Notre Dame’s football team is undefeated after five games for the first time in a decade. That’s good news for their opponents.
After working through six coaches and compiling a 112-78 record since Lou Holtz retired after the 1996 season, the program that won eight Associated Press national titles and produced legendary figures such as Knute Rockne and George Gipp is ranked No. 7 this season. The revival means the team is even more of a draw on the road for fans and sponsors.
“Notre Dame fans travel and that’s where the economic impact comes from,” said Scott Minto, director of San Diego State University’s Sports MBA program. “You can also tell sponsors you have Notre Dame on the schedule and that means national television. That’s better for increasing their sponsorship deals than any team they could play.”
A revival of the Fighting Irish as a perennial top-10 team may deliver the greatest long-term benefit to the Atlantic Coast Conference, which Notre Dame joined in all sports except football. They will remain independent while playing five games a year against ACC teams beginning in 2014.
When Wake Forest University hosted Notre Dame last November in Winston-Salem, N.C., the crowd exceeded Wake’s seating capacity of 31,500 by 4,807. To accommodate the demand, the Demon Deacons sold tickets to the grass hill behind the south end zone, where people sat on blankets. Notre Dame won 24- 17.
“They are a national brand,” said Steve Shutt, Wake Forest’s athletic department spokesman. “That’s the benefit to everybody in the ACC.”
Notre Dame Athletic Director Jack Swarbrick wasn’t available to comment.
Notre Dame is a Catholic institution in South Bend with about 8,000 undergraduate students and a $6.3 billion endowment in fiscal 2011, according to the National Association of College and University Business Officers.
The school’s football program generated $68.8 million of the athletic department’s $94.5 million in revenue, according to reports filed with the Department of Education.
It’s enough to compete with much bigger state institutions such as the University of Texas in Austin, which has an undergraduate enrollment of about 38,000 and where the football team generated $95.7 million of the department’s $150.3 million in revenue.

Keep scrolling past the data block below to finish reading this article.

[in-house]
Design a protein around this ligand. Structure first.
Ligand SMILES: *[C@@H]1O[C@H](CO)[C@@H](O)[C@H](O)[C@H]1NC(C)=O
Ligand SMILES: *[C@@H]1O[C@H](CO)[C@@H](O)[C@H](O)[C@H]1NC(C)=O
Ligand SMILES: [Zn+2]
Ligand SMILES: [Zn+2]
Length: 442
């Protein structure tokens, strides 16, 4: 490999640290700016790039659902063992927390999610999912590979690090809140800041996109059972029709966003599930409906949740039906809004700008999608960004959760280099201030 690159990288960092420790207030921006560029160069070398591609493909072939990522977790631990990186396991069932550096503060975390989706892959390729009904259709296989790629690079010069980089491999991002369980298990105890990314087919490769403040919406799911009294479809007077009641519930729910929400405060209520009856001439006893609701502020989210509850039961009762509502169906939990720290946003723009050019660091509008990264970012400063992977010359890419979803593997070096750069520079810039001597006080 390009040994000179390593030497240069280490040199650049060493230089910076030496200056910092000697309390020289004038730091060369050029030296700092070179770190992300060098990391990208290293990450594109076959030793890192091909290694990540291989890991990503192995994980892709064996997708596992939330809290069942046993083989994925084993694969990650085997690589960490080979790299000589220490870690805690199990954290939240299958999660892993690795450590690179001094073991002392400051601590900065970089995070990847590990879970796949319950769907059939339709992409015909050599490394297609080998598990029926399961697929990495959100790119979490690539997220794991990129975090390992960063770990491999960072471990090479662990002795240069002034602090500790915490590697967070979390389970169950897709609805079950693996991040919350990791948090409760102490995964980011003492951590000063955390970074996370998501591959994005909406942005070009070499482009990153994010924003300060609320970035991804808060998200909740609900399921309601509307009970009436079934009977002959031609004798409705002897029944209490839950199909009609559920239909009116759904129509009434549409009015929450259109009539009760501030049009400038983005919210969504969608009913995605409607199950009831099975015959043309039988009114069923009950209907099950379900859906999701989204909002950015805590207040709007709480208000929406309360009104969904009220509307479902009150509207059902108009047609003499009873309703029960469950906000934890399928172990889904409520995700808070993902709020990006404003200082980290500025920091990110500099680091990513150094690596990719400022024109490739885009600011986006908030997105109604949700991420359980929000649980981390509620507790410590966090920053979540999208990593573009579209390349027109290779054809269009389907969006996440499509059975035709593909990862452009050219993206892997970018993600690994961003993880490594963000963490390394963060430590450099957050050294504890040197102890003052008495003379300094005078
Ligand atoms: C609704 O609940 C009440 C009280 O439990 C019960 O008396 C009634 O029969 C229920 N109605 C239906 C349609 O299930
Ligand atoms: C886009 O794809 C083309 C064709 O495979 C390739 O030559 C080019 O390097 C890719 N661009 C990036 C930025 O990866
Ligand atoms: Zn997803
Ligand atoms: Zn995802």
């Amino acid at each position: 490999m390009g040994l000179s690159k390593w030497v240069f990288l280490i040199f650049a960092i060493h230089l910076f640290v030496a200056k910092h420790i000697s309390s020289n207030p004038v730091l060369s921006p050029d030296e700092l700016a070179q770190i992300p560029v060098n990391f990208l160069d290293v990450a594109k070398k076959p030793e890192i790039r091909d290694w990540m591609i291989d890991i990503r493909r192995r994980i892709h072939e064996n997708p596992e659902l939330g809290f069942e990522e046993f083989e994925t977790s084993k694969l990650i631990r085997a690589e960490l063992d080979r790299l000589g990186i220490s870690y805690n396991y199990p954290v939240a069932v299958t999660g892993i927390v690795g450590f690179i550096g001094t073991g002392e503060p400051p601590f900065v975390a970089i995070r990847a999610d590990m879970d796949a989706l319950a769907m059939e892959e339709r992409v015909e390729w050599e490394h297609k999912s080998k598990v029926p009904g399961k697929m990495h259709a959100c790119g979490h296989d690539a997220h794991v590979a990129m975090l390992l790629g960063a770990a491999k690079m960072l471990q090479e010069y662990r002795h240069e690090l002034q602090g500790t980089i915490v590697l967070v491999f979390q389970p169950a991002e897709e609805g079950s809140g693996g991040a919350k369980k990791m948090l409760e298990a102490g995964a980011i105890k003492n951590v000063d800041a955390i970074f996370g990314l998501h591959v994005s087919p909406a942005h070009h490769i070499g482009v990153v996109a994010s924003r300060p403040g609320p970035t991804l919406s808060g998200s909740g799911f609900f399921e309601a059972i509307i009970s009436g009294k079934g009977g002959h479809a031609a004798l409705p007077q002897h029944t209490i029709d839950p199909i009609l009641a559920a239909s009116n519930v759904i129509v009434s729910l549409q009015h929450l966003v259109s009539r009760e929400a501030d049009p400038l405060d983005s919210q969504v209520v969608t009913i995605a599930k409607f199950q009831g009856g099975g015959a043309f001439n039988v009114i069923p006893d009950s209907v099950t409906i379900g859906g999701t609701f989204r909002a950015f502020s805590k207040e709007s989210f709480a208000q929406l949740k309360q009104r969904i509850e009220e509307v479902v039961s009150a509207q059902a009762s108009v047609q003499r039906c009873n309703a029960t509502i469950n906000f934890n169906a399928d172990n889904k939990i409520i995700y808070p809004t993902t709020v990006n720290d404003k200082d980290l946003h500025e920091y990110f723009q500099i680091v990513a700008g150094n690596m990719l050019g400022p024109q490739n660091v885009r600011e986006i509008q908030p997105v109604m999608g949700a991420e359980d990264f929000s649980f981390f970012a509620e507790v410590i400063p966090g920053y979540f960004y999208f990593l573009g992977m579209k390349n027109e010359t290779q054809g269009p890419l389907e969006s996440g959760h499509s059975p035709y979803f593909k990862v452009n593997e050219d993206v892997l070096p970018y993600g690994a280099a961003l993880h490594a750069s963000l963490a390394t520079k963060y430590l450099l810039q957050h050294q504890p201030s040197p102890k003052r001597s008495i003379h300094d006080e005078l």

The Irish travel to Chestnut Hill, Mass., to play Boston College of the ACC on Nov. 10, and an upper-deck end zone seat is selling for an average $136, compared with $11 for a similar seat to the Virginia Tech contest the following week, according to SeatGeek.com, a New York-based ticket aggregator.
The average price for all available tickets to Notre Dame games was $154, well ahead of Boston College’s other ACC opponents this season: Virginia Tech ($38), Clemson ($37), Miami ($28) and Maryland ($16).
Through three televised games this season, viewership of NBC’s Notre Dame broadcasts is up 45 percent compared with last year's average 4.2 million viewers, the network said.
“We continue to be thrilled with our Notre Dame football partnership and hope it continues for many, many years to come,” said Jon Miller, president of programming for NBC Sports and NBC Sports Network, in an e-mail.
While the Fighting Irish’s success boosts opponents, the school isn’t reaping any great financial payout from its on-field success just yet. Home games already are sold out; sponsorship agreements usually run for five, seven and 10 years; the five-year television extension the school signed with NBC runs through the 2015 football season; and ticket prices can’t be raised until next season.
The university benefits in other ways. Fanatics Inc., a Jacksonville, Fla.-based company that runs the official online stores for more than 100 college and professional teams, said sales of Notre Dame merchandise since September ranked second in the U.S. behind the University of Alabama—which has the No. 1 football team—and was up 68 percent from this time last year. Fanatics said 89 percent of fans who purchased Irish merchandise in September lived outside Indiana.
Page views on Notre Dame’s website increased 7 percent to 6.4 million in September from a year before, according to John Heisler, Notre Dame’s chief athletic department spokesman.
Though sales of merchandise and visits to the website will only lead to an incremental increase in the university’s revenue, they probably strengthen Notre Dame’s brand over the long term, eventually leading to increases in television and sponsorship agreements when they come up for renegotiation.
The best thing the Irish can do for the school’s finances now is to keep winning.
Their next chance will come at home Saturday against No. 17 Stanford University (4-1).
Notre Dame has finished in the Associated Press Top 10 once since 1993, and its 20-3 victory over then-No. 10 Michigan State on Sept. 15 was its first over a Top 10 opponent in seven years. It hasn’t won the national championship since Holtz’s 1988 team. No players on this year’s team had been born then.
The Irish defense has allowed 39 points, the school’s fewest in the opening five games of a season since 1975, when opponents scored 34 points.
It didn’t allow a touchdown in the past three games, against Michigan, Michigan State and Miami.
“That’s an incredible feat for our defense,” Notre Dame coach Brian Kelly, who took over the program in 2010, said in a press conference this week.
Notre Dame is the only team in the National Collegiate Athletic Association’s top echelon that has never trailed this season. The last time they started a season without being behind in five consecutive games was 1947. Notre Dame won the national championship in 1946 and 1947 and never trailed in either season.
“Our players understand that the plan is to get better,” Kelly said. “It’s fundamentals, it’s technique, it’s assignments.”